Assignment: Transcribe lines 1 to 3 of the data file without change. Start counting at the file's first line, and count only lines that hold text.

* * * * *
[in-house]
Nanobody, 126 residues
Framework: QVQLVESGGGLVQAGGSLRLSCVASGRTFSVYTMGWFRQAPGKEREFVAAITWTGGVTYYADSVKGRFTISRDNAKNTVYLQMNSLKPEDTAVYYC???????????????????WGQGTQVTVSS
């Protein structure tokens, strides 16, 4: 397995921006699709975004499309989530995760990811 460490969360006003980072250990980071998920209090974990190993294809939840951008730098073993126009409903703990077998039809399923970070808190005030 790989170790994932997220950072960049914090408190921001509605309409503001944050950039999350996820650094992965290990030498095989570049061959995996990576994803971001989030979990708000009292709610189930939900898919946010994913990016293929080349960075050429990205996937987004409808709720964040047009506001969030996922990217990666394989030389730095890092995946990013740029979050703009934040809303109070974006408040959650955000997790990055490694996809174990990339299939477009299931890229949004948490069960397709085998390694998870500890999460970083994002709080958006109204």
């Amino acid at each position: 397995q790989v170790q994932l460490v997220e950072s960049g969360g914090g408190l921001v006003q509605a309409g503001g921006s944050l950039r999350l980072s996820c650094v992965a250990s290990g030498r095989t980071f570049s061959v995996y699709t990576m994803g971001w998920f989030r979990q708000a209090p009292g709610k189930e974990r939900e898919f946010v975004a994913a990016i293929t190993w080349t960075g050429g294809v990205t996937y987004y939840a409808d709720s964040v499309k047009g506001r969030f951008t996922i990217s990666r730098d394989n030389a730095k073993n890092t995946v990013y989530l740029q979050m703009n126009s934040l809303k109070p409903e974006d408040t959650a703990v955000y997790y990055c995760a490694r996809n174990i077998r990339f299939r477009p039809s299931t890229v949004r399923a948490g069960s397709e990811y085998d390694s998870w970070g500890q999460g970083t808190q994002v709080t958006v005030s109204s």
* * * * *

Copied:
[in-house]
Nanobody, 126 residues
Framework: QVQLVESGGGLVQAGGSLRLSCVASGRTFSVYTMGWFRQAPGKEREFVAAITWTGGVTYYADSVKGRFTISRDNAKNTVYLQMNSLKPEDTAVYYC???????????????????WGQGTQVTVSS